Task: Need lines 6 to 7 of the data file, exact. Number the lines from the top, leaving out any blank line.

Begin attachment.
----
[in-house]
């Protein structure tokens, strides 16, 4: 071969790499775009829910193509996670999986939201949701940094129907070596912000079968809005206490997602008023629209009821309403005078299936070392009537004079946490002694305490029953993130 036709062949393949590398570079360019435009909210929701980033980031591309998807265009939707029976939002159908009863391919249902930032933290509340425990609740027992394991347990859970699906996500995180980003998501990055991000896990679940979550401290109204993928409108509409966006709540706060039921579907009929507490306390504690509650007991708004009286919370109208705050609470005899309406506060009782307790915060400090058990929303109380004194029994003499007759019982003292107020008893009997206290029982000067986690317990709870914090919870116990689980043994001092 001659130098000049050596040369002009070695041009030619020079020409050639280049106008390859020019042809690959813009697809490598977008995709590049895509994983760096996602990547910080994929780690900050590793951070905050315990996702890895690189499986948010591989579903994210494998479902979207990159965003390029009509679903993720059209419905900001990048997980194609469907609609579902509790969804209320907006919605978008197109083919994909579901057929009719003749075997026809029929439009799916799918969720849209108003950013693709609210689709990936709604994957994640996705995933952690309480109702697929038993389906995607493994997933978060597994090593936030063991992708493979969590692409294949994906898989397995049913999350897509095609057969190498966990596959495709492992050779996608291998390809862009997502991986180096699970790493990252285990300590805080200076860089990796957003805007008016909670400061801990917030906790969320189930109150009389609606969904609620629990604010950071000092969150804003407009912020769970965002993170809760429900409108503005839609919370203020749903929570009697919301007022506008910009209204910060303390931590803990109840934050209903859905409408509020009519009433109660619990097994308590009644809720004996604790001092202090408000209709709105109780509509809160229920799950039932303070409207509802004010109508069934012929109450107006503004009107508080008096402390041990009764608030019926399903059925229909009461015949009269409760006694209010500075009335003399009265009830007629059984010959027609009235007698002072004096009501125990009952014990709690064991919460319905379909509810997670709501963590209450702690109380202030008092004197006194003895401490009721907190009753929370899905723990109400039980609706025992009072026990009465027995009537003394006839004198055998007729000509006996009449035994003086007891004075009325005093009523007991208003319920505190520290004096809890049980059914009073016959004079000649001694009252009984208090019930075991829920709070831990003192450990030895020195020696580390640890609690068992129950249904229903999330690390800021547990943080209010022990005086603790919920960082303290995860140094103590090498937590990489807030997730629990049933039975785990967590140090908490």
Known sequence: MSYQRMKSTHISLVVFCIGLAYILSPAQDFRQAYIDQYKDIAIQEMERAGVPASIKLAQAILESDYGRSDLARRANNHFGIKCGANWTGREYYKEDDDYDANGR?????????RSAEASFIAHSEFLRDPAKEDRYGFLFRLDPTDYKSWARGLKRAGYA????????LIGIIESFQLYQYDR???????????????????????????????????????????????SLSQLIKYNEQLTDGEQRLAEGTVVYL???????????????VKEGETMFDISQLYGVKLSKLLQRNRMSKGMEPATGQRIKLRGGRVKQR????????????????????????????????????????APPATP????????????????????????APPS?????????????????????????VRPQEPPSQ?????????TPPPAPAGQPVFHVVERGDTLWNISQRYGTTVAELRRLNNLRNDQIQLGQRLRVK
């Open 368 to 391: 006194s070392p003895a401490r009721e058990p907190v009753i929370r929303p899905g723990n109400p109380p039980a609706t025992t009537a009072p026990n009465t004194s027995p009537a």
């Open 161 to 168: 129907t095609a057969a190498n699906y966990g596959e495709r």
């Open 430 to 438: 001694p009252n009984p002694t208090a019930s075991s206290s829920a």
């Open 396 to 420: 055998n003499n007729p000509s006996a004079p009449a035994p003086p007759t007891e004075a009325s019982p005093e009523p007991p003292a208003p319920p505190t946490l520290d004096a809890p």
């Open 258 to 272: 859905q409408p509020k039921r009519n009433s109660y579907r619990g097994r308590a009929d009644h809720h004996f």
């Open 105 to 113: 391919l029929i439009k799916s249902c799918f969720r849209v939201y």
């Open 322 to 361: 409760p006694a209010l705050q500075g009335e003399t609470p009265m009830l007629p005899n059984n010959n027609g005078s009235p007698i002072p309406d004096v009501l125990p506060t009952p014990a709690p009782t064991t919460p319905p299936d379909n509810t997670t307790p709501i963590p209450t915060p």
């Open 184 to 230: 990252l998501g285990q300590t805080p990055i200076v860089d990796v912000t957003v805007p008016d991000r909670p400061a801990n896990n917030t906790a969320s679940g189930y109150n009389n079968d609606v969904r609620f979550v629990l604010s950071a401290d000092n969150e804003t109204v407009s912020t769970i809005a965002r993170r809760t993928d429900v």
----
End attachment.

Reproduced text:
């Open 430 to 438: 001694p009252n009984p002694t208090a019930s075991s206290s829920a």
């Open 396 to 420: 055998n003499n007729p000509s006996a004079p009449a035994p003086p007759t007891e004075a009325s019982p005093e009523p007991p003292a208003p319920p505190t946490l520290d004096a809890p």